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2021 Honda Ridgeline First Drive Review | Less friendly by design

It looks tougher and truckier, but retains its unique features and functionality

CANTIL, Calif. — Ever since jumping into the U.S. market in the 1950s with the tagline “You meet the nicest people on a Honda,” the company’s corporate image has been one of extreme friendliness.  Even as its Si and Type R coupes spawned an army of young brand loyalists other carmakers would’ve killed for, it treated them like a dropout stepson, shunning them to embrace the wholesome, khaki-shod Helpful Honda Dealer. Hell, even their best-selling cars are named for good citizenship and agreement.

That unyielding desire to be congenial was the Achilles’ heel of the current-generation Honda Ridgeline when it debuted in 2017. We had almost unanimous praise for our long-termer’s function and features notwithstanding its gentle mug. It was supposed to be the friendly neighborhood pickup, with a car-like unibody construction and a look that was more conventional than the vaguely avant garde original Ridgeline.

CANTIL, Calif. — Ever since jumping into the U.S. market in the 1950s with the tagline “You meet the nicest people on a Honda,” the company’s corporate image has been one of extreme friendliness.  Even as its Si and Type R coupes spawned an army of young brand loyalists other carmakers would’ve killed for, it treated them like a dropout stepson, shunning them to embrace the wholesome, khaki-shod Helpful Honda Dealer. Hell, even their best-selling cars are named for good citizenship and agreement.

That unyielding desire to be congenial was the Achilles’ heel of the current-generation Honda Ridgeline when it debuted in 2017. We had almost unanimous praise for our long-termer’s function and features notwithstanding its gentle mug. It was supposed to be the friendly neighborhood pickup, with a car-like unibody construction and a look that was more conventional than the vaguely avant garde original Ridgeline.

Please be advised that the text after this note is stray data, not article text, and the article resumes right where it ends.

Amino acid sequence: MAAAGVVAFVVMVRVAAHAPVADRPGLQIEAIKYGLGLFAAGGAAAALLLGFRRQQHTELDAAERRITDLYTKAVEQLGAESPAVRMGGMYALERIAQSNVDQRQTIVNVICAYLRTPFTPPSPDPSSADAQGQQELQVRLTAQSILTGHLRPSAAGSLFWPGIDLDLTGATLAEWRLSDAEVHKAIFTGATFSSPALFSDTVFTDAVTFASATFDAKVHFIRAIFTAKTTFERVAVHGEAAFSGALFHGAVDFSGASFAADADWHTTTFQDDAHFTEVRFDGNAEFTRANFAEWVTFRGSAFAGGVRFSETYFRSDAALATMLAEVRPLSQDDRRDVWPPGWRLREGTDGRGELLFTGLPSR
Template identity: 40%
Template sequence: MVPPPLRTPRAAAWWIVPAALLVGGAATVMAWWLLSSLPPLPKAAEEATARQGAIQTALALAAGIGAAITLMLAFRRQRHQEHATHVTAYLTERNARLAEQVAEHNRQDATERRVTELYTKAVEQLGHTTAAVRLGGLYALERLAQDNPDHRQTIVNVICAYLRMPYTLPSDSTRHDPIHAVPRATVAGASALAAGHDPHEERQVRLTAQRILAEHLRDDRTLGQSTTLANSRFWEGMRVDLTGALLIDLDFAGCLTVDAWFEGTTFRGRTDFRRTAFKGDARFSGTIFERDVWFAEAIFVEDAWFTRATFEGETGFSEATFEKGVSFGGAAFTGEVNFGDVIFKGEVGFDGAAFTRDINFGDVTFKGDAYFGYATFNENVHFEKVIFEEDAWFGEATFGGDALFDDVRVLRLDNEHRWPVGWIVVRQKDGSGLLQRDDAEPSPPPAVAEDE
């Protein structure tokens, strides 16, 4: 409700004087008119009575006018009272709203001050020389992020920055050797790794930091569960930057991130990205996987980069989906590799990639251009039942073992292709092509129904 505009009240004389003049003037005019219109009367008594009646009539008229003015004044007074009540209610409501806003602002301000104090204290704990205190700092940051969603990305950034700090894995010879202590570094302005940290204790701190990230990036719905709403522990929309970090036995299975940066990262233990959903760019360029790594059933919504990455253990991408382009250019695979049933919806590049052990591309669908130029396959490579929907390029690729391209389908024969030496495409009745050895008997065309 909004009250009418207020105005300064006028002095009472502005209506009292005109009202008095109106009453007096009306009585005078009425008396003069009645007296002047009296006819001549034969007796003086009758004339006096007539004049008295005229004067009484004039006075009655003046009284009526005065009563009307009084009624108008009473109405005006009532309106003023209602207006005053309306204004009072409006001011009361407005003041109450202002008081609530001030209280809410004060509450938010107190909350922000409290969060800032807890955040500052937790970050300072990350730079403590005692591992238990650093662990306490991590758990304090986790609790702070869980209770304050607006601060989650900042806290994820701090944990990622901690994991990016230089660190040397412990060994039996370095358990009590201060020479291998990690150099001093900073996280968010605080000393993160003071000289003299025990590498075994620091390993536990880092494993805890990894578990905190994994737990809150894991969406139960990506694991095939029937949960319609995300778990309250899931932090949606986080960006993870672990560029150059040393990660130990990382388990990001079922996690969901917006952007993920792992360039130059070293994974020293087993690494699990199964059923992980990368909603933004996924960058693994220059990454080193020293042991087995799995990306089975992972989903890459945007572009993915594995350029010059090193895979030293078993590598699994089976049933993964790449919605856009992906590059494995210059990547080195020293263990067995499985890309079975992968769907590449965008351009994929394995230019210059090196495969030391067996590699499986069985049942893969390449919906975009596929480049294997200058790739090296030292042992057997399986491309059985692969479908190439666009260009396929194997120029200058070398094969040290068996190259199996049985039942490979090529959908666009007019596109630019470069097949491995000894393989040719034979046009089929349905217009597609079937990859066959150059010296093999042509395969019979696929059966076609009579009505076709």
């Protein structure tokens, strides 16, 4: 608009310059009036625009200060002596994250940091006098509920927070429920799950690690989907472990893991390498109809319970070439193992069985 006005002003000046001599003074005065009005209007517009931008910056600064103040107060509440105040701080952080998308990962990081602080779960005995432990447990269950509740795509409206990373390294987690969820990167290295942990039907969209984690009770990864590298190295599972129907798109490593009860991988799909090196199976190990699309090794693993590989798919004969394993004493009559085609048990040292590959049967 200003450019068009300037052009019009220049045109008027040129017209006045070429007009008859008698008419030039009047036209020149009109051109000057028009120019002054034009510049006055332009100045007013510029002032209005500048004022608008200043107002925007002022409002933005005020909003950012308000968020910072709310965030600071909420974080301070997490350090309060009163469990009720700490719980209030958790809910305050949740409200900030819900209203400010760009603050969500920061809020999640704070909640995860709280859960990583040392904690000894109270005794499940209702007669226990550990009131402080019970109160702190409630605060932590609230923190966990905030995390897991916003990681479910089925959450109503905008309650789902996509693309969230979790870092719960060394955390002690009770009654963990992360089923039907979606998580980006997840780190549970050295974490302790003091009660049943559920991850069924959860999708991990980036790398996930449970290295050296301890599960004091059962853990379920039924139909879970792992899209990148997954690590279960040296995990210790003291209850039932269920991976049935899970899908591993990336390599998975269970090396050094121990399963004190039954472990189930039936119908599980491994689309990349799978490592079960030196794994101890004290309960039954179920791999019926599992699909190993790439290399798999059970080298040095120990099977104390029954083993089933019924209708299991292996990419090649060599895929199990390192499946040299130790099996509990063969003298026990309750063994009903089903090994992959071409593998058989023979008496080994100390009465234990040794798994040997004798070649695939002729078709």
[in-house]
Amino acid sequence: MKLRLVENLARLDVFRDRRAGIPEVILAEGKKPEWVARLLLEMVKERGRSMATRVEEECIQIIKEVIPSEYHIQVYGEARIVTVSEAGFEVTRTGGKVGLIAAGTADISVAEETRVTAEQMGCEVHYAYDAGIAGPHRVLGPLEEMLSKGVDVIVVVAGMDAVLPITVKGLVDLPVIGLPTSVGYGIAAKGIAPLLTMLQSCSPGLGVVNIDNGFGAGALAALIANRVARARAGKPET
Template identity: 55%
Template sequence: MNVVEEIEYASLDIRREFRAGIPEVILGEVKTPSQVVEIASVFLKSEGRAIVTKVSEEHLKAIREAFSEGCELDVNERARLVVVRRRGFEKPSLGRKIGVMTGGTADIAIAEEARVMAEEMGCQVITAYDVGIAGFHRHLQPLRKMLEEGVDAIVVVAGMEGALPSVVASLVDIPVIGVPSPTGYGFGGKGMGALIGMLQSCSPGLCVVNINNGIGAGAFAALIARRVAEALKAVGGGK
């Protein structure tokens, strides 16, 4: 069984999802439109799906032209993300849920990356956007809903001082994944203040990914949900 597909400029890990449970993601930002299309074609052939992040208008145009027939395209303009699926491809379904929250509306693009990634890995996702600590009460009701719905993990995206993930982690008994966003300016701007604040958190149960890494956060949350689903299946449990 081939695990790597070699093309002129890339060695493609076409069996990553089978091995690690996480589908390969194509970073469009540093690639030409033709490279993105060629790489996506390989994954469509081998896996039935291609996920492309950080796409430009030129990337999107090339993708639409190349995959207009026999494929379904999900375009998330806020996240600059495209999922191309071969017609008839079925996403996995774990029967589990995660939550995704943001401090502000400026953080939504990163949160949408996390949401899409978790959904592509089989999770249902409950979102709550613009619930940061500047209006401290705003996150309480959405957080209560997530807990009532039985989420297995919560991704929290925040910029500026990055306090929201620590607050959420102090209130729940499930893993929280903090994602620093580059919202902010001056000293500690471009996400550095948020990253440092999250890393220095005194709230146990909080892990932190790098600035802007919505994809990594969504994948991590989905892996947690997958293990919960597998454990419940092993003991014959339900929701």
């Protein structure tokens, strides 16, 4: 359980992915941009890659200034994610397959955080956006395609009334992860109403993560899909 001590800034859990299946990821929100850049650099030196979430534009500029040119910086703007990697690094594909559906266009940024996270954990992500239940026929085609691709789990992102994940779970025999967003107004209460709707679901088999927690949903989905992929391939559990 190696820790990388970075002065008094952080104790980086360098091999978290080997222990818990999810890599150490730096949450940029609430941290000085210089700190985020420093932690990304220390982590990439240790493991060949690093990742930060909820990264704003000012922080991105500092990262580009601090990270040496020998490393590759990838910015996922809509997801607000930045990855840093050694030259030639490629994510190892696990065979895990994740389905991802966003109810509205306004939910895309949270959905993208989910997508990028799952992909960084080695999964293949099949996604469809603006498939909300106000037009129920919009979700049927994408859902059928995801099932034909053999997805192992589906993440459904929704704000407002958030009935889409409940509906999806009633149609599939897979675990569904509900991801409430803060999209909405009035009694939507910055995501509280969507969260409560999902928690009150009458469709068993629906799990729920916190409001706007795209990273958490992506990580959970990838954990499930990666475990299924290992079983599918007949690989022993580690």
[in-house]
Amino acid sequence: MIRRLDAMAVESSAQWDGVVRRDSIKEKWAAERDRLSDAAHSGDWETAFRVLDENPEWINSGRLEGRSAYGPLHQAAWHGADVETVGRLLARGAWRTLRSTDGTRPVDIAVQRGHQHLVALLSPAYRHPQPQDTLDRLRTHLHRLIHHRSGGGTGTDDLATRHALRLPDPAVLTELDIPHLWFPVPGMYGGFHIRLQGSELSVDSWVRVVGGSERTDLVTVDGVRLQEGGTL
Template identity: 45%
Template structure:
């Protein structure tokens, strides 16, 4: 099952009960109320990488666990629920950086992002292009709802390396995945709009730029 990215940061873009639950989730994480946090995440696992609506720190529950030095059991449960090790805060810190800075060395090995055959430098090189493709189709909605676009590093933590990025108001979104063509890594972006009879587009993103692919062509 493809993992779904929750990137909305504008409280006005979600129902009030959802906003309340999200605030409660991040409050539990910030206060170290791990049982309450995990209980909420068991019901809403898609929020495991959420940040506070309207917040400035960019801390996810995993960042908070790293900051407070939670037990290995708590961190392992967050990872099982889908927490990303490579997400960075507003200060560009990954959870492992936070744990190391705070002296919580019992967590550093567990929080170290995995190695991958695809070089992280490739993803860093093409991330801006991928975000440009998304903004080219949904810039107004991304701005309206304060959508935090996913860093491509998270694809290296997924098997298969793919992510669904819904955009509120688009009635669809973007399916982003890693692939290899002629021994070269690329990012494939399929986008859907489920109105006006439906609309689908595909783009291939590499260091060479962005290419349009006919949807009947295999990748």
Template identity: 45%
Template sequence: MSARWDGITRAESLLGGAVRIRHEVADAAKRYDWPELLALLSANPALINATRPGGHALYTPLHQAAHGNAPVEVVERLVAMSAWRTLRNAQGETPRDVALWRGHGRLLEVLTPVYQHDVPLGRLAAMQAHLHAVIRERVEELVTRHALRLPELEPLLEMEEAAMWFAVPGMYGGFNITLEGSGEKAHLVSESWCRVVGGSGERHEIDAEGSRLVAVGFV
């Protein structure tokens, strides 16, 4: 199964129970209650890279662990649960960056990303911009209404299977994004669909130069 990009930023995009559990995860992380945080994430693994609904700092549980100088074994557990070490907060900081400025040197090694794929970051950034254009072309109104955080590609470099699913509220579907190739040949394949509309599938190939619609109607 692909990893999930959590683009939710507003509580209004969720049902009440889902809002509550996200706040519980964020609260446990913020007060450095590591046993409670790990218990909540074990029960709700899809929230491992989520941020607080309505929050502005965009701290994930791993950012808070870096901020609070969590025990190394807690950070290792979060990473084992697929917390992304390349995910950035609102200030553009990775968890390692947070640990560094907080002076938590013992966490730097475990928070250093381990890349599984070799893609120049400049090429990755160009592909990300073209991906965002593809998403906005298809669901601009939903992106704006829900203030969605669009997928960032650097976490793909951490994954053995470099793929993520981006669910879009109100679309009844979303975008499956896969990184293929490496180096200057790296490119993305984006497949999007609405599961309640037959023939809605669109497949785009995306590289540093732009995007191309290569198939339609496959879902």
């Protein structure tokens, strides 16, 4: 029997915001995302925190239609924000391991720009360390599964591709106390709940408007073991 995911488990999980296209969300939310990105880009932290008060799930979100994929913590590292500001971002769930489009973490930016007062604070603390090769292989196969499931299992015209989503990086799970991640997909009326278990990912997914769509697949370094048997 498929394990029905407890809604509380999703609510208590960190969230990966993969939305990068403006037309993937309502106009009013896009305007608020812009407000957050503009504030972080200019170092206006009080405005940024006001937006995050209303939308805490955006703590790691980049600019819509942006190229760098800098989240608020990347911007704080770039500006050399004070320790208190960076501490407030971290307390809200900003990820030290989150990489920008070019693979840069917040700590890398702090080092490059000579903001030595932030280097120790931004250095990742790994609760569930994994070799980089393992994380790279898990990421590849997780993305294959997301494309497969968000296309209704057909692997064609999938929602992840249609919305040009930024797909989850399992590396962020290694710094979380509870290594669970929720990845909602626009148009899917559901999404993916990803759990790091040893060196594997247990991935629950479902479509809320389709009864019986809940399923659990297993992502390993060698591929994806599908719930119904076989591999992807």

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Ram introduces 5th and final ‘Built to Serve’ edition

The Coast Guard rounds out the set

Ram introduced the fifth and final variant of its “Built to Serve” pickup series Tuesday. Finished in Spitfire (orange) or Bright White, this final version honors the Coast Guard.

“We owe a huge debt of gratitude to our armed forces and the brave men and women who serve them. These ‘Built to Serve’ models are just one way we honor those who have selflessly served our country,” said Mike Koval Jr., Ram Brand Chief Executive Officer – Stellantis. “Whether civilian or militaryRam truck owners are very familiar with this adage as it’s something we strive to build into every truck and van we produce.”

The trucks were originally slated to roll out in increments between Veterans Day 2019 and 2020, but it appears the release cadence may have been interrupted slightly by the many calamities of the past year. Each of the five comes in one of two special colors chosen to “evoke the spirit, the mission and history of that service,” and a limited build number.

These are the final of 10,000 (1,000 more than Ram initially planned) “Built to Serve” editions divvied up so that each branch gets two appropriate color choices out of 10 total: Gator (1,000 units) and Diamond Black (1,000); Ceramic Gray (1,000) and Patriot Blue (1,000)Anvil (1,250) and Billet Silver (1,500); Tank (1,000) and Flame Red (1,000); and Spitfire (500) and Bright White (750).

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The South Korean’s first pickup truck will be a unibody construction and is expected to feature a starting sticker price of $25,000

Hyundai has a fairly long lineup of sedans and SUVs. With that covered, the company now plans to enter the pickup truck market, too. Back in 2015, Hyundai revealed the Santa Cruz truck concept at the Detroit Auto Show. Not a lot is known about the production model yet, but it will be based on the new Tucson SUV and will have a unibody construction. The truck has been spotted a few times over the years during its test runs, but we’re yet to see it without camouflage. The production is set to begin this year, and Hyundai could debut it sometime next year with deliveries starting soon after.

As noted earlier, the Santa Cruz will be based on the new Tucson. For the 2022 model, the South Korean automaker made huge changes in terms of aesthetics. Since the truck is always spotted under heavy skin, decoding its exterior features is a tough ask. It, however, will be vastly different from the concept unveiled. If Hyundai plans to follow the Tucson design philosophy, we might have a bold-looking truck at our disposal.

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